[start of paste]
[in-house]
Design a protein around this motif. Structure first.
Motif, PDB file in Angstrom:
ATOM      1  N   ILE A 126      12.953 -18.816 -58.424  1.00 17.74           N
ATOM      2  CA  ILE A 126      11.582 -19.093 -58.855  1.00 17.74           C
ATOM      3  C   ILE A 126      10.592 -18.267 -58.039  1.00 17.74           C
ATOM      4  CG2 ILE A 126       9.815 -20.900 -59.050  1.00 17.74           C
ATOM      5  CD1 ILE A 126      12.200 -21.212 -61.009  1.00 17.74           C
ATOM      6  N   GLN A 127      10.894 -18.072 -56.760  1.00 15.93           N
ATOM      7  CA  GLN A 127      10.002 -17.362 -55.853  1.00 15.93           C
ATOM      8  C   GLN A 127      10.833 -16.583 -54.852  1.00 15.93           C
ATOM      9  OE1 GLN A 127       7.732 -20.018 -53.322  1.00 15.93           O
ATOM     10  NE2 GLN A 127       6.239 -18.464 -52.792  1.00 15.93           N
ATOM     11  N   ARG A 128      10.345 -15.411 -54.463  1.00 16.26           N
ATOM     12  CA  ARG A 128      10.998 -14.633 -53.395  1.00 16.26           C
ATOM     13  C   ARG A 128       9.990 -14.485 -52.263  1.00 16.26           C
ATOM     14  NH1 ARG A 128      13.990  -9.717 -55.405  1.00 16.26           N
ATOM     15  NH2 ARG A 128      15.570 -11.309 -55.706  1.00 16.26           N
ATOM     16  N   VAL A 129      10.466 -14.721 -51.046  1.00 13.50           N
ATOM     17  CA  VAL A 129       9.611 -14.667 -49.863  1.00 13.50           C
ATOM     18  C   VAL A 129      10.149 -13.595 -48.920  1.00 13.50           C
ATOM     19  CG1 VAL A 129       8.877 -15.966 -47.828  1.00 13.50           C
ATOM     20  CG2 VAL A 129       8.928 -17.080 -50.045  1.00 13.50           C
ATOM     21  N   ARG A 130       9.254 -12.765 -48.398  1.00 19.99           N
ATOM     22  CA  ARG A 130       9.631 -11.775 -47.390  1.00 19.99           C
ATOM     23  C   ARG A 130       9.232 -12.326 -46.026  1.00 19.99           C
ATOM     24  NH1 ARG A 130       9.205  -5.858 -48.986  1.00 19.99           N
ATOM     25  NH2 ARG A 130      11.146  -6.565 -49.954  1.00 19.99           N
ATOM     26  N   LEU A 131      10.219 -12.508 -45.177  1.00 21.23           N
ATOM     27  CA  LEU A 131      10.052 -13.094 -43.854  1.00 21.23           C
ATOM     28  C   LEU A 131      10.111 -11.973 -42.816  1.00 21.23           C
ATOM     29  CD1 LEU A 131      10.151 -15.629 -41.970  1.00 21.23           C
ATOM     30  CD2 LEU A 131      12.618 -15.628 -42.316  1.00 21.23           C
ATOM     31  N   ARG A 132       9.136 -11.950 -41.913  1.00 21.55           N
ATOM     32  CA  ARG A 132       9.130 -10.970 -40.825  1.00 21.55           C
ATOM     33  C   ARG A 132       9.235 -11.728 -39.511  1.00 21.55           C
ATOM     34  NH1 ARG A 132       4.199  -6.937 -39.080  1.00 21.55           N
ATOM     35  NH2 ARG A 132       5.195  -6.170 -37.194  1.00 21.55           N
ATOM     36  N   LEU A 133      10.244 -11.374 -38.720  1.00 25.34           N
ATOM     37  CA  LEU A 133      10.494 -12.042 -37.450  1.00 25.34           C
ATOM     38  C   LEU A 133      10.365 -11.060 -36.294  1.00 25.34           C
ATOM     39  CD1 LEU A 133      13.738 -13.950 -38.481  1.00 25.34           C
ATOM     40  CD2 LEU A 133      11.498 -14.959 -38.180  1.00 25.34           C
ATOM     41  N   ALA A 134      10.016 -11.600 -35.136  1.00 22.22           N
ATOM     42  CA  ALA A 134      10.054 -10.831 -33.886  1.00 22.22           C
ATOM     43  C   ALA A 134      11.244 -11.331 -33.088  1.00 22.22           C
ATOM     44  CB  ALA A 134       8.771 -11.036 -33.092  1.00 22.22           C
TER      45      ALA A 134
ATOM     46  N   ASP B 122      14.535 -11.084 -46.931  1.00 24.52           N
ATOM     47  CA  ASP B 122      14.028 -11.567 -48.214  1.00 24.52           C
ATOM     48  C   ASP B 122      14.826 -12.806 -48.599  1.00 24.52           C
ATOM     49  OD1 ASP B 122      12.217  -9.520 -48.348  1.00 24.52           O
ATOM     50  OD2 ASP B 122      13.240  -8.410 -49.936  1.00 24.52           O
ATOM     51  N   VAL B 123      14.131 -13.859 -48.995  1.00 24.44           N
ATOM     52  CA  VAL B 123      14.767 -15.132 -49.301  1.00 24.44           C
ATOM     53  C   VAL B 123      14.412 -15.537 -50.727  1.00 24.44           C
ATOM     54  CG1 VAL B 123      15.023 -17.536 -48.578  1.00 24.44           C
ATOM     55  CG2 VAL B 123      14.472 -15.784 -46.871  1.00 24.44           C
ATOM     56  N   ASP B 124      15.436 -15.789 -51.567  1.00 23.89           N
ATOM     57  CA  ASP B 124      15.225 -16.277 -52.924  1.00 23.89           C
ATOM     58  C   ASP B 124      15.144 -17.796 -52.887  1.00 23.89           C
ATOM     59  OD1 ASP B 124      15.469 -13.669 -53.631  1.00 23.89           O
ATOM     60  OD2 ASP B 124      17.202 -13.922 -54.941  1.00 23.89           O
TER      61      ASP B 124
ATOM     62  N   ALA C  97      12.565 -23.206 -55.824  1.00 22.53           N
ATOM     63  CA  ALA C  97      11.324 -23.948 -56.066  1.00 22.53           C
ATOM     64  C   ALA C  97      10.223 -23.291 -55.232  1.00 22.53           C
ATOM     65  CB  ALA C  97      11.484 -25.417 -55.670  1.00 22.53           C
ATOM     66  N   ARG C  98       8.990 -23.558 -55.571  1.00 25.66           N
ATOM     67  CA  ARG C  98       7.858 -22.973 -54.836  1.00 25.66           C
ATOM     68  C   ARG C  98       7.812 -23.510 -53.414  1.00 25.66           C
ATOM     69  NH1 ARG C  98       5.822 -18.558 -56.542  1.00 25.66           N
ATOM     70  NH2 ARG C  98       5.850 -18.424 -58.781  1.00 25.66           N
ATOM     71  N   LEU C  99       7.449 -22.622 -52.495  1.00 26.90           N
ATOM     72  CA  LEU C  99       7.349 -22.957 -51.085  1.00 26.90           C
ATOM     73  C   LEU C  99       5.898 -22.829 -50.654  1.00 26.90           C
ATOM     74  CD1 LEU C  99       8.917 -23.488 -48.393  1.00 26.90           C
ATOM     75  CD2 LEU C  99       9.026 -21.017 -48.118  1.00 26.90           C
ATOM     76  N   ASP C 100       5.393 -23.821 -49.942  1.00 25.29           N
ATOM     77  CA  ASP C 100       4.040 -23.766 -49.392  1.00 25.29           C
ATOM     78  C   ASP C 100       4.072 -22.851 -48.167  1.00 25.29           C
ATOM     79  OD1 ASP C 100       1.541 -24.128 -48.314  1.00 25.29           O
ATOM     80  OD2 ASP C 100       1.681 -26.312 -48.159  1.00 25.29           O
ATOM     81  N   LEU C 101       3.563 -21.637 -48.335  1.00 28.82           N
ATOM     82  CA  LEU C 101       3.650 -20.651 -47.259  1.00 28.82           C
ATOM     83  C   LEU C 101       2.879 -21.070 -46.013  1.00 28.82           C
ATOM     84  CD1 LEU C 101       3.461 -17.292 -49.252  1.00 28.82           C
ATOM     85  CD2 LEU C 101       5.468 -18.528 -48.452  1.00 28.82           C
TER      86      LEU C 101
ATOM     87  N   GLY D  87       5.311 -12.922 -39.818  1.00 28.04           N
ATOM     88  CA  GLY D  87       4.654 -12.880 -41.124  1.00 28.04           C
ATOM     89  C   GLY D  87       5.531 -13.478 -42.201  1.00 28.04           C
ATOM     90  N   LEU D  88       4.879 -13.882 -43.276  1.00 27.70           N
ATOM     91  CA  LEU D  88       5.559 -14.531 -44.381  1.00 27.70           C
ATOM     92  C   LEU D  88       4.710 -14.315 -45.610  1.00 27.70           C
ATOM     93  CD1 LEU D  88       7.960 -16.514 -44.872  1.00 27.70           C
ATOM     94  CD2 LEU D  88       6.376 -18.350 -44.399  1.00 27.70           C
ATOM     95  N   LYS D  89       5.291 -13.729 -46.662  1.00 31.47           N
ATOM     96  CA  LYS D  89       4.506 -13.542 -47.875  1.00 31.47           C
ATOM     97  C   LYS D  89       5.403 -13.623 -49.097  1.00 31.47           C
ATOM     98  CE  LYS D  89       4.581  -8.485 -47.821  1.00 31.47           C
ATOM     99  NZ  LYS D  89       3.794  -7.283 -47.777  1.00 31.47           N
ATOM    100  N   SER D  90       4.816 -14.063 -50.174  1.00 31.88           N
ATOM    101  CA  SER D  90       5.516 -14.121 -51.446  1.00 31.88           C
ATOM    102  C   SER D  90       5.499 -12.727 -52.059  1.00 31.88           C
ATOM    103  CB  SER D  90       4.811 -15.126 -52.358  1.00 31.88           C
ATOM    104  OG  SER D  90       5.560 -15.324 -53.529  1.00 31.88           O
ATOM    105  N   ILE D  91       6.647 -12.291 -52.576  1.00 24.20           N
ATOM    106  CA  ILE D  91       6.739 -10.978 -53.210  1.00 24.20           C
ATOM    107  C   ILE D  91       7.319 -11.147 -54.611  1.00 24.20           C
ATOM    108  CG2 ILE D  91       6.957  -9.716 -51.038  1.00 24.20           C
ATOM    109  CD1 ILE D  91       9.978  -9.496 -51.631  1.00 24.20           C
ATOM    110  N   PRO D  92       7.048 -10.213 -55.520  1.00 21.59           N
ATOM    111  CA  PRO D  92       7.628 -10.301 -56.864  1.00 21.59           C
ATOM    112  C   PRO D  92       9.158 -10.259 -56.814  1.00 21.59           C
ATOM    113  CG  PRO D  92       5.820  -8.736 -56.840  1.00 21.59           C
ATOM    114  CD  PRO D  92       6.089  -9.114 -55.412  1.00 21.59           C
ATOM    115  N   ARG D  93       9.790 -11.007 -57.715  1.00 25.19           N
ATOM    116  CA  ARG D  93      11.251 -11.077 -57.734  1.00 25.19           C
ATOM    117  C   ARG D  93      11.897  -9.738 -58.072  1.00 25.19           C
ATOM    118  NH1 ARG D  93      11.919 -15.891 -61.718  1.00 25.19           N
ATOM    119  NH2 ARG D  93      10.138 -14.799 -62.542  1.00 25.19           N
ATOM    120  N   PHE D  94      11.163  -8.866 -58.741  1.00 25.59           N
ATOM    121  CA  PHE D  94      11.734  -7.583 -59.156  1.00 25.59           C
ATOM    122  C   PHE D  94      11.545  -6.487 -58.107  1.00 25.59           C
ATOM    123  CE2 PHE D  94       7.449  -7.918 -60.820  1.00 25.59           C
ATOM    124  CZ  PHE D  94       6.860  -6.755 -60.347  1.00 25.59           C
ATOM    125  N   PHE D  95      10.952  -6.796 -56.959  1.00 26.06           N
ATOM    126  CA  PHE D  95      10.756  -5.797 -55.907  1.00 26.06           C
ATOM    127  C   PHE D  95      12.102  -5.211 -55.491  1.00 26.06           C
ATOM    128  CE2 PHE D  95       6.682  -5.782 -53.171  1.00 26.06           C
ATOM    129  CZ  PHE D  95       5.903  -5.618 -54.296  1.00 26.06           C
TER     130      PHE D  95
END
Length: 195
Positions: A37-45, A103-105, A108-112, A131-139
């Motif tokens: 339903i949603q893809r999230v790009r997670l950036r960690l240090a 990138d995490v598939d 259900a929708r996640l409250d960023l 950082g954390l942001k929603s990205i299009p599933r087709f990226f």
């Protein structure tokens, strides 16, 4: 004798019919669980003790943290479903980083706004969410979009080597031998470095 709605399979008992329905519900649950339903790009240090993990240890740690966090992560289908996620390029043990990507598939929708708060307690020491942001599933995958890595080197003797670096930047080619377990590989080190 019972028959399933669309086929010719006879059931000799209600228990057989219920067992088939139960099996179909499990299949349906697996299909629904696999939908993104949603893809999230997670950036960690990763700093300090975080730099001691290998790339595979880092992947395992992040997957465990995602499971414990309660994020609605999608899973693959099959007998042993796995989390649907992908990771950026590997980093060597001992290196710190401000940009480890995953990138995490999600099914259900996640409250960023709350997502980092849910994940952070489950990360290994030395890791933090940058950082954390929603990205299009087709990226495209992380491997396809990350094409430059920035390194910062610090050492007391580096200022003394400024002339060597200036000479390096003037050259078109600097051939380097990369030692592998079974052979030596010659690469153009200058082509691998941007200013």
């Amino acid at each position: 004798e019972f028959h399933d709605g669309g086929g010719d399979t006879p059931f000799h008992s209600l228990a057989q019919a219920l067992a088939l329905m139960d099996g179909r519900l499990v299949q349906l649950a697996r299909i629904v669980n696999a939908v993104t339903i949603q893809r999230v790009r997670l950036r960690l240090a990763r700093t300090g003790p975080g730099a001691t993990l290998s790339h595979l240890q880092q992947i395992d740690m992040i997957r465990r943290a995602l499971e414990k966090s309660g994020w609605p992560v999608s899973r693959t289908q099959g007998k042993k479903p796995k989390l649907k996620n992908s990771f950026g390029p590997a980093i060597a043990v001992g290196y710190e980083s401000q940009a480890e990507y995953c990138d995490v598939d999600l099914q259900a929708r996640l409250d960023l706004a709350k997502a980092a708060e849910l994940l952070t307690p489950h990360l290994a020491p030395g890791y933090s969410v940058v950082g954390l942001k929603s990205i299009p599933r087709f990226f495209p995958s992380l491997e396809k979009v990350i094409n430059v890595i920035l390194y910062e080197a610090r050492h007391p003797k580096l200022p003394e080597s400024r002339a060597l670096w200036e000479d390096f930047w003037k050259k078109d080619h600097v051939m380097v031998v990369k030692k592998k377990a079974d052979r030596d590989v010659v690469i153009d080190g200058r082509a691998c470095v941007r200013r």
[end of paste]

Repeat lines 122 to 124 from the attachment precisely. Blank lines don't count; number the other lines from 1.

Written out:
ATOM    119  NH2 ARG D  93      10.138 -14.799 -62.542  1.00 25.19           N
ATOM    120  N   PHE D  94      11.163  -8.866 -58.741  1.00 25.59           N
ATOM    121  CA  PHE D  94      11.734  -7.583 -59.156  1.00 25.59           C